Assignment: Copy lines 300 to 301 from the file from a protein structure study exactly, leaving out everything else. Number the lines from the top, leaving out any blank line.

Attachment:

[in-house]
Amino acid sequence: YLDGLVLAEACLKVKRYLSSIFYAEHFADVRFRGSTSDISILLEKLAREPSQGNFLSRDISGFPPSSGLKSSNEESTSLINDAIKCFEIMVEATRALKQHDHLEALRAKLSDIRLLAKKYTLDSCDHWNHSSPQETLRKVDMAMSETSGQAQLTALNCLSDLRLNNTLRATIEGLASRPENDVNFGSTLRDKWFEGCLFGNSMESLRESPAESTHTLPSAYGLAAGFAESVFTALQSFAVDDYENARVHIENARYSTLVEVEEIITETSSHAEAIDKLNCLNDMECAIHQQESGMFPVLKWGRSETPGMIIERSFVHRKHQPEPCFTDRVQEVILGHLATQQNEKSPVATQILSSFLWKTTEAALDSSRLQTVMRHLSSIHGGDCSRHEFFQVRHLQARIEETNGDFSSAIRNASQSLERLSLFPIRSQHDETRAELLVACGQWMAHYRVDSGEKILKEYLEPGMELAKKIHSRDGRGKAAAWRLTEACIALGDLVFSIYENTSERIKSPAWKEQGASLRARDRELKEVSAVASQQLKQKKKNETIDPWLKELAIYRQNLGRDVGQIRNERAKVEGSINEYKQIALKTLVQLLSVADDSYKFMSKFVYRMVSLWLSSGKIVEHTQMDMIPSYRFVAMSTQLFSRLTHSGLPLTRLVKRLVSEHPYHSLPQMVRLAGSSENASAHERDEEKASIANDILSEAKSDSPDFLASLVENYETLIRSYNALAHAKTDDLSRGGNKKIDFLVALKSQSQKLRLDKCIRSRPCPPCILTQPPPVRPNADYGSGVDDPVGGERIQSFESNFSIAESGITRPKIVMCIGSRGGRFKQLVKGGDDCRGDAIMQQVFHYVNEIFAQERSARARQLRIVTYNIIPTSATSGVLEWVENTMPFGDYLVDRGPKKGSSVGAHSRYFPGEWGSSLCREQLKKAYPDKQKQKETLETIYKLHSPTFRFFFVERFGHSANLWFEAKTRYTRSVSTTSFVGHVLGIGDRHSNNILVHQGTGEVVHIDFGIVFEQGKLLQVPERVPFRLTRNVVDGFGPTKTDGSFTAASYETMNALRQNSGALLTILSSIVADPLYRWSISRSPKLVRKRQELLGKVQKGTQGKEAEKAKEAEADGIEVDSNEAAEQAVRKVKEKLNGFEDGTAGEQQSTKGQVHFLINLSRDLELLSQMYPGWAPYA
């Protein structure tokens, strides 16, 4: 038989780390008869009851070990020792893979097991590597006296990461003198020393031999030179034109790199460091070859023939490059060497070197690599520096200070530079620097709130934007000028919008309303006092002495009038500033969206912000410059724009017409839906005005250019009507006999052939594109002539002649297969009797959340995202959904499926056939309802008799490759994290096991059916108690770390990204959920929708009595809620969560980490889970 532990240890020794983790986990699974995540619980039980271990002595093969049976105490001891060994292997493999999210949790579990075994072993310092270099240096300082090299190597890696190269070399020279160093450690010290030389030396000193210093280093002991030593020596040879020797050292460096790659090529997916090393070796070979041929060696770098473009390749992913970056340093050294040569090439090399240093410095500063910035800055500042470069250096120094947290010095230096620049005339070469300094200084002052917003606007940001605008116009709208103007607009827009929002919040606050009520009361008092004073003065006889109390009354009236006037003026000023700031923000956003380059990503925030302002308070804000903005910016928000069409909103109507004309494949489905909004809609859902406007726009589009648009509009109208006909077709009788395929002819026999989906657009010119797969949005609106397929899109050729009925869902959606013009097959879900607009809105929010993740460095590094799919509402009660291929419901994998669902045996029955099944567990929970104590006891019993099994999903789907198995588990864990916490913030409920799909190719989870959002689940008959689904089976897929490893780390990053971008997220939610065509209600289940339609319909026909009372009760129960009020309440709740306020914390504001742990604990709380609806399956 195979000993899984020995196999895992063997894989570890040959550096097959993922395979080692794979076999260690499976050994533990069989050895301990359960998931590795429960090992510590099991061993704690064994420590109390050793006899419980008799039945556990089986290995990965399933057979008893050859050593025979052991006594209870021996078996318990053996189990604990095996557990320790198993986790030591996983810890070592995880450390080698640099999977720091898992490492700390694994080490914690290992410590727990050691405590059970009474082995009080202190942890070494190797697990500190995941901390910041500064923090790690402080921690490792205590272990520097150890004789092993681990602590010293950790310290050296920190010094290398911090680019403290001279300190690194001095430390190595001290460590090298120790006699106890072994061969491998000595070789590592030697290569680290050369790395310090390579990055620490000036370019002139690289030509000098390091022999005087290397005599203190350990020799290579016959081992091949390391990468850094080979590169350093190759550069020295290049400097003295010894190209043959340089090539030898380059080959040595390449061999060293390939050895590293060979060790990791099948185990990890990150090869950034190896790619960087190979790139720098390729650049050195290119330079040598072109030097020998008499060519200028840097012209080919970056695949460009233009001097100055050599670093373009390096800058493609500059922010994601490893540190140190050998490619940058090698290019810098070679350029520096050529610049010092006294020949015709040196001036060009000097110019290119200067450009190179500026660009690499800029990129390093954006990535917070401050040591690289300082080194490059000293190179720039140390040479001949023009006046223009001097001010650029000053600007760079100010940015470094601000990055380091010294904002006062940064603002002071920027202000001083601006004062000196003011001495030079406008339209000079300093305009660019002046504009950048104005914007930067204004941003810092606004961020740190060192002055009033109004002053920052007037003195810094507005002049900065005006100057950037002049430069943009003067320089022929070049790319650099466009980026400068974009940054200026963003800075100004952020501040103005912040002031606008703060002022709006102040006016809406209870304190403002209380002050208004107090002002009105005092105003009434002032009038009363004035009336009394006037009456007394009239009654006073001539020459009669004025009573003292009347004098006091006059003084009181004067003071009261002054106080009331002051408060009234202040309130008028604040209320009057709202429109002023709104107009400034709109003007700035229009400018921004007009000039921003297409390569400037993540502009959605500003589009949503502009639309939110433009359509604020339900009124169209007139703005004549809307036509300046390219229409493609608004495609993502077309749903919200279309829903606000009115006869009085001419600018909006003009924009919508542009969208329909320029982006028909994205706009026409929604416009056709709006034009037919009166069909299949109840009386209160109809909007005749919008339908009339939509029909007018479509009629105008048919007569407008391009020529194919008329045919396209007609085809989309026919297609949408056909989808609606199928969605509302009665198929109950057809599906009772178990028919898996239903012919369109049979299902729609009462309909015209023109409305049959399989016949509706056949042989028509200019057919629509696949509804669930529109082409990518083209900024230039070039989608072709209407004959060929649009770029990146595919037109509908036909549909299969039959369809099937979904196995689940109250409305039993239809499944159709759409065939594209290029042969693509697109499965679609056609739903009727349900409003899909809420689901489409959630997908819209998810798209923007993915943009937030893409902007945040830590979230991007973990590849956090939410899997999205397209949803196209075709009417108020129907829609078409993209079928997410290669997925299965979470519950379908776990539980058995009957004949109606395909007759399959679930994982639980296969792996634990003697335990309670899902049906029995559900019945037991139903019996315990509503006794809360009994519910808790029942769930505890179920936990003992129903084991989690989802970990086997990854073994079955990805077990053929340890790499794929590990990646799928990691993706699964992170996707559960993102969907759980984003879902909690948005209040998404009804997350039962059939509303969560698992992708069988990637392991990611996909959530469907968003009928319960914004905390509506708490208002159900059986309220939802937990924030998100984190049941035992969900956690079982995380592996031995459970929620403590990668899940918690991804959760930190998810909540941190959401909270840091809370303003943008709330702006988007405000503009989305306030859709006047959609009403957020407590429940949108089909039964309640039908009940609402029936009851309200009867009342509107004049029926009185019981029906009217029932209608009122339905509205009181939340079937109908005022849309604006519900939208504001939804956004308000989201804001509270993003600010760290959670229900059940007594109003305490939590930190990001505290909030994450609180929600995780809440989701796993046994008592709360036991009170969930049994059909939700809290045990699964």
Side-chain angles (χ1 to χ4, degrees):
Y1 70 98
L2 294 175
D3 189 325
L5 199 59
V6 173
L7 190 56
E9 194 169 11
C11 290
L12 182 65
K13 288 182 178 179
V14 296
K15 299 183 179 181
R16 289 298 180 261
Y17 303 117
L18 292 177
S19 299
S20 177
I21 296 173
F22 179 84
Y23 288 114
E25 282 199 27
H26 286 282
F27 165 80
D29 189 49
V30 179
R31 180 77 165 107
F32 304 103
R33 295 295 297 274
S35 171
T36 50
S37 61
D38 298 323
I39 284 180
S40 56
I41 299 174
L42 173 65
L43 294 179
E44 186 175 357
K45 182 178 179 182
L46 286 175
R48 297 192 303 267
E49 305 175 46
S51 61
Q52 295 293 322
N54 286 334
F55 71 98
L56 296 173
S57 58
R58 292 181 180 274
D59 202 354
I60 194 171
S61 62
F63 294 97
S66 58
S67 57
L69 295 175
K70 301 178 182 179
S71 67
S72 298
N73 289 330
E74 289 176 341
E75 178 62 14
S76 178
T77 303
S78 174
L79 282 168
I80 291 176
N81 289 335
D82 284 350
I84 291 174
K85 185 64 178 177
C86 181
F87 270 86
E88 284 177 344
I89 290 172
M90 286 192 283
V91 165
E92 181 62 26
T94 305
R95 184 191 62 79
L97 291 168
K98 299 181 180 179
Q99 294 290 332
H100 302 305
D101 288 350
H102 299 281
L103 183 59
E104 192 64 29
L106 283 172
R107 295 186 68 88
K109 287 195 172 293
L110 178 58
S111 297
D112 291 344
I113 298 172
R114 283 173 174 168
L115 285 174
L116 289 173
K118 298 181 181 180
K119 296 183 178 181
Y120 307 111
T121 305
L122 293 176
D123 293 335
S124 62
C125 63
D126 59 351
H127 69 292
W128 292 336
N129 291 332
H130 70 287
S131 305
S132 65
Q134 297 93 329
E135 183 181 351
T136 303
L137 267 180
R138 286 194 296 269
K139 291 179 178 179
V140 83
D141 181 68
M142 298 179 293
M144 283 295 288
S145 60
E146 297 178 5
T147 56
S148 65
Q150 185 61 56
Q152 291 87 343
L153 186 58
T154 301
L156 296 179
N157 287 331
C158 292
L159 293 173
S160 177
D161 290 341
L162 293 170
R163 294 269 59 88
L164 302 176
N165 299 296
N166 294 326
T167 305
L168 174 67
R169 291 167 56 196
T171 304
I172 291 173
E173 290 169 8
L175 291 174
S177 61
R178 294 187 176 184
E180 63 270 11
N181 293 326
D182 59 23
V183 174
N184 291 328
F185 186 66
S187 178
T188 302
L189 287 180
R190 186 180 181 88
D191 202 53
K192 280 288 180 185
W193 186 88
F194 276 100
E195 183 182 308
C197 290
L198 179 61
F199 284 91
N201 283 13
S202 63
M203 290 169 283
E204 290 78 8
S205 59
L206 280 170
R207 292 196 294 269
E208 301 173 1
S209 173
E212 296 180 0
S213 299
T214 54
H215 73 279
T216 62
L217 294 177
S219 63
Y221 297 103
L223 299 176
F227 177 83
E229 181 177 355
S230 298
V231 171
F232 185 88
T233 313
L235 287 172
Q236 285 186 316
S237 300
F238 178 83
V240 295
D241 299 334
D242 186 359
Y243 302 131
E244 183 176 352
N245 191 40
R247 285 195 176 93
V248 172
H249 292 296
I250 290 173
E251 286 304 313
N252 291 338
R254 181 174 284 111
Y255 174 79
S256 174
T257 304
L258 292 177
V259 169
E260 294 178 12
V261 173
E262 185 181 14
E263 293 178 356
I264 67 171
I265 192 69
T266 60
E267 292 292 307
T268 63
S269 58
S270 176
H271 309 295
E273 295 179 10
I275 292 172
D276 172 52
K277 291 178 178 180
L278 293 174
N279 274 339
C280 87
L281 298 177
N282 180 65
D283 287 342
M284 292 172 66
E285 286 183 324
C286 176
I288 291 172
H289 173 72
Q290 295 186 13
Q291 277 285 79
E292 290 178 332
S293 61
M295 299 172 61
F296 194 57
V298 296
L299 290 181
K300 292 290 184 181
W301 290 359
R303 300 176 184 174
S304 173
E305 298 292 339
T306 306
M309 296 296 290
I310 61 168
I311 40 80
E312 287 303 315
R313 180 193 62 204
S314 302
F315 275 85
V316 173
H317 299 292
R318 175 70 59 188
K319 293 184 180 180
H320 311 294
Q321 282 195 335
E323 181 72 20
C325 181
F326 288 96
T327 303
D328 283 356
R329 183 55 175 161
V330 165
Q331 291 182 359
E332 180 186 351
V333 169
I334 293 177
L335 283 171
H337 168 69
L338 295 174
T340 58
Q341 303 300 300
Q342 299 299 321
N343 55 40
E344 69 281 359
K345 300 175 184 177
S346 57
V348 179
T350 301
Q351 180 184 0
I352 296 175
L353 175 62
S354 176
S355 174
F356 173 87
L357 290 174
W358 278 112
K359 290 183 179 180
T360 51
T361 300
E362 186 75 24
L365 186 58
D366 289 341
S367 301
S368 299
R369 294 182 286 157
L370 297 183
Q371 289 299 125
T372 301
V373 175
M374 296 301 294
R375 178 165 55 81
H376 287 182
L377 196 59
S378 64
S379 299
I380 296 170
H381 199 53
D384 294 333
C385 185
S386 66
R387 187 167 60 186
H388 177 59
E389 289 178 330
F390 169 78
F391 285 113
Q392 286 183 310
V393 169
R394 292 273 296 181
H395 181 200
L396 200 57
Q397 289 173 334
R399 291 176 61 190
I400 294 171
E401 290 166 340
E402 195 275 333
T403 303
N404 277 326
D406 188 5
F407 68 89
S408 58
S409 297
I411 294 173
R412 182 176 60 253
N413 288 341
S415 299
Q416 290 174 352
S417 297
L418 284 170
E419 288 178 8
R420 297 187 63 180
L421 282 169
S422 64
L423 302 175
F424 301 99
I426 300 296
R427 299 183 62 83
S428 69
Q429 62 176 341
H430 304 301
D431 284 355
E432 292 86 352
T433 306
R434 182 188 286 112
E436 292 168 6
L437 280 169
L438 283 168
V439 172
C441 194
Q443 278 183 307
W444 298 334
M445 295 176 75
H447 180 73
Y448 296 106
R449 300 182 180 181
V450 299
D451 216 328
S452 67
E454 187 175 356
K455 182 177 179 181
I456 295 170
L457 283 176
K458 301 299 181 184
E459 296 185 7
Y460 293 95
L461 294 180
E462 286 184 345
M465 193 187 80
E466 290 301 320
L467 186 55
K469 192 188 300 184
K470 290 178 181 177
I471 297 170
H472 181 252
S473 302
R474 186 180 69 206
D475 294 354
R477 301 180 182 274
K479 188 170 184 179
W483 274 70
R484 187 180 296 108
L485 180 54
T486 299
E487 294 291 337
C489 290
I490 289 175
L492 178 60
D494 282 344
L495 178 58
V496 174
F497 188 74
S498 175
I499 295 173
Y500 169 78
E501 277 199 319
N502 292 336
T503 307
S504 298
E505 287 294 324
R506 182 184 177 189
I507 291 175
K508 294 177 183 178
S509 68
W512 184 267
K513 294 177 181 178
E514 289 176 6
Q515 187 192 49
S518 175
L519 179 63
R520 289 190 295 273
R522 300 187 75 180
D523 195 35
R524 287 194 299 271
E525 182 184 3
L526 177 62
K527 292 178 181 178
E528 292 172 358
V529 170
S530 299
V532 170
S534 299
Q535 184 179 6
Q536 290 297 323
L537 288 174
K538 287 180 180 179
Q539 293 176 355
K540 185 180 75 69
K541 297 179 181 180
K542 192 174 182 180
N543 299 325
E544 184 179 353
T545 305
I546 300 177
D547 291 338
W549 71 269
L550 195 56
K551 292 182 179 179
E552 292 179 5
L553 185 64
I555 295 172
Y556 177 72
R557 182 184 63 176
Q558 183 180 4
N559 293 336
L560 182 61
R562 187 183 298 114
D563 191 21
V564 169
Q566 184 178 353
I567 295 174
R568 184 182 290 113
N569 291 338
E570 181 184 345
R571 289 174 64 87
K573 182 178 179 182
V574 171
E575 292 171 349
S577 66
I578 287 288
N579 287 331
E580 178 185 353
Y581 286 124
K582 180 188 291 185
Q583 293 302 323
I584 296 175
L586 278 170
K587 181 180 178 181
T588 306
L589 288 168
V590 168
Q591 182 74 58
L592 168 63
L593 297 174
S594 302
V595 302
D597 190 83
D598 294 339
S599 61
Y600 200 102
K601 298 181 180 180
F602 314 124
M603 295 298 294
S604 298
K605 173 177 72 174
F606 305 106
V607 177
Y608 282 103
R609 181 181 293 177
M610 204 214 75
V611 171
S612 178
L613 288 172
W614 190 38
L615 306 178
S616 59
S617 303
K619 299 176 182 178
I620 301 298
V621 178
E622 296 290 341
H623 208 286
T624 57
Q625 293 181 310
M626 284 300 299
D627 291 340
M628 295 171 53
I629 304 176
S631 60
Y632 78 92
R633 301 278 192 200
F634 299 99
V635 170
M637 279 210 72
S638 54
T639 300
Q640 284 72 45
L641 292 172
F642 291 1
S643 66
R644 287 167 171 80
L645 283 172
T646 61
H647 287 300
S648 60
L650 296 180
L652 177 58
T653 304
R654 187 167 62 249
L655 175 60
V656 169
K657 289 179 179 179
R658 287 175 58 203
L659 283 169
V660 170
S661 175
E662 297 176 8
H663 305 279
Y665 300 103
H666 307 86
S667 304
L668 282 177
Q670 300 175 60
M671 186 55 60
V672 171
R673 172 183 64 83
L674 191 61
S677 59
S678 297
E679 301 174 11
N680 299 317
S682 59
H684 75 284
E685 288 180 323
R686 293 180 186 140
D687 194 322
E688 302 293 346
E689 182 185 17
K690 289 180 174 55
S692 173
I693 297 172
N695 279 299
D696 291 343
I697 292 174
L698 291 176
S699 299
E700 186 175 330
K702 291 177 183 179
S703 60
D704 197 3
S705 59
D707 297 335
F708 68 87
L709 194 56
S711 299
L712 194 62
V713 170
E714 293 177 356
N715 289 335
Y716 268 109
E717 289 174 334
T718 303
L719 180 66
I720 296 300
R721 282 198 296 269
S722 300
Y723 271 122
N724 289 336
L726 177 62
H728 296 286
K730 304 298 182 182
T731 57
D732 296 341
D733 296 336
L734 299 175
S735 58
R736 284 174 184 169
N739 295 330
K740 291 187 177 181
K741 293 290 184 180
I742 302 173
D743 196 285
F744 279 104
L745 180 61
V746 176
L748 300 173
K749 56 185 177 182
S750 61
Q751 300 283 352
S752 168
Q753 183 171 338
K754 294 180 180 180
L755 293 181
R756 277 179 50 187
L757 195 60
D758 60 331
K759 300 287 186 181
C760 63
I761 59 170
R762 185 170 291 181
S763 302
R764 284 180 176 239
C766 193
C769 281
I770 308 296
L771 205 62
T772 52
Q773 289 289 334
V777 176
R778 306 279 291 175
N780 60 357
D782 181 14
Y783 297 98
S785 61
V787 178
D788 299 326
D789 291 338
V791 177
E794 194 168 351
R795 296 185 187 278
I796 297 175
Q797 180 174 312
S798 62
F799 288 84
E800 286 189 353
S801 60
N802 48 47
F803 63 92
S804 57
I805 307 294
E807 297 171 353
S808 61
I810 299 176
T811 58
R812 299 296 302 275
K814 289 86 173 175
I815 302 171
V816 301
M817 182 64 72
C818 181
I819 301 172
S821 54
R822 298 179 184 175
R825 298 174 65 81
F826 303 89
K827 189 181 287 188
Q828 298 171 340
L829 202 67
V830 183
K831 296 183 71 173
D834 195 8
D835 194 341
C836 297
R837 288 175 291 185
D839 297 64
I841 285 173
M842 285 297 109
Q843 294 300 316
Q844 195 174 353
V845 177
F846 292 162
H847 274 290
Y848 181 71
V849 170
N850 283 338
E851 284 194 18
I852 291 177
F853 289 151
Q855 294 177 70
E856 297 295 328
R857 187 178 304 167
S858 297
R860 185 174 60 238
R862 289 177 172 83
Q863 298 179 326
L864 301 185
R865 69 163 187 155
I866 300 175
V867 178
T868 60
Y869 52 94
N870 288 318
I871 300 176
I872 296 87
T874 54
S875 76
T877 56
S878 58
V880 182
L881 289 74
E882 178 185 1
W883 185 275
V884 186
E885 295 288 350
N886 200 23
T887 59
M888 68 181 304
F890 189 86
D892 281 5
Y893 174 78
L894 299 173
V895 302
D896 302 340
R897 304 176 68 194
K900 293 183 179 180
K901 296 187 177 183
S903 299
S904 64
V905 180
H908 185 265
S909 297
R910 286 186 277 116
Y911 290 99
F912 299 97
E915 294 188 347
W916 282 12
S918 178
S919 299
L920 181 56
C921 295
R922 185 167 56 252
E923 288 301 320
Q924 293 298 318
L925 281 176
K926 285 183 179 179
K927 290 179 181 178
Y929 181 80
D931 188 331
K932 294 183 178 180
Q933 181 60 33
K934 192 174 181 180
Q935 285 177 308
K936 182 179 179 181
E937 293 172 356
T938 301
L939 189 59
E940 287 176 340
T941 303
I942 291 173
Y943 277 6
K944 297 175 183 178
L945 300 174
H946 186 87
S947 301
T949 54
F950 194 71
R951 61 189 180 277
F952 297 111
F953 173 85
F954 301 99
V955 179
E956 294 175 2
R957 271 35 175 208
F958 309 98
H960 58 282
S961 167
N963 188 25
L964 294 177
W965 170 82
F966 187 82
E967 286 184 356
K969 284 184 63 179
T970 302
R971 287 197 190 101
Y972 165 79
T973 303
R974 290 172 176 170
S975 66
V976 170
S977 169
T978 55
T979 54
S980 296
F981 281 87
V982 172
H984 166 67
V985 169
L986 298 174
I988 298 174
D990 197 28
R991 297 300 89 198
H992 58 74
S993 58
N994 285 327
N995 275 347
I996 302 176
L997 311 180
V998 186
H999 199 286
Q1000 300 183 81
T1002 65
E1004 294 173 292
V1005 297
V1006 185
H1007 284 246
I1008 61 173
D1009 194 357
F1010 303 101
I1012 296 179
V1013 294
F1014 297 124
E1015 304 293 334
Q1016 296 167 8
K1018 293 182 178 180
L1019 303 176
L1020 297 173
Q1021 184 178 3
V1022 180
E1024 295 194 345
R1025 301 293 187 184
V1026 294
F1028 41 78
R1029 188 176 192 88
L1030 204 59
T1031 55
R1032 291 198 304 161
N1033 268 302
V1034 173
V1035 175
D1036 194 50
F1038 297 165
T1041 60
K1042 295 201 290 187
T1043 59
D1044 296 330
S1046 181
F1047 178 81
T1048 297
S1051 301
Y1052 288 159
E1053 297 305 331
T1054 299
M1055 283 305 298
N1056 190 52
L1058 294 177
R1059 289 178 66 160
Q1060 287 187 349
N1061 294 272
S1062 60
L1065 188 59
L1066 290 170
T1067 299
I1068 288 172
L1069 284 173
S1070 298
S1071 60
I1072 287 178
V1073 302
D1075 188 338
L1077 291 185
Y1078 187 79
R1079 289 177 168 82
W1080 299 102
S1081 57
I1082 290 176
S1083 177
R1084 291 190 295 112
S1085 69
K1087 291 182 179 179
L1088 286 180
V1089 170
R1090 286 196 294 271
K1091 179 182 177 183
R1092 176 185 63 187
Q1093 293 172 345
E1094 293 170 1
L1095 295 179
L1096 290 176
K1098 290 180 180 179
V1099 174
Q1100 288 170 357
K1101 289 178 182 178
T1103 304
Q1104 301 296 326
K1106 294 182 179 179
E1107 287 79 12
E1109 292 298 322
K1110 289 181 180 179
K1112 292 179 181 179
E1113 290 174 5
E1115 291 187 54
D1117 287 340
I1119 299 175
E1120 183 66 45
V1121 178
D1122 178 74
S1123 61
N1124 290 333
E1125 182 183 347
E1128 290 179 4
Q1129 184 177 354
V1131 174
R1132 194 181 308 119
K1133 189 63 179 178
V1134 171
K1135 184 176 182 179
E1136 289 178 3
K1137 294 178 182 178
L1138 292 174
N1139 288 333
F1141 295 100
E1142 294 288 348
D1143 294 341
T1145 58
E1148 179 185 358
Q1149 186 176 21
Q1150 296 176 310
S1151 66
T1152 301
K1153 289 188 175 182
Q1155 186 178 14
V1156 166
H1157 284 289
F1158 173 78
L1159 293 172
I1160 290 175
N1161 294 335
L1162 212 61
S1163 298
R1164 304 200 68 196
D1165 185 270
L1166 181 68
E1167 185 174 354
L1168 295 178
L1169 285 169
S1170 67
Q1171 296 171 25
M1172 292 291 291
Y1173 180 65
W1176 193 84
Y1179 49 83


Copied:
S354 176
S355 174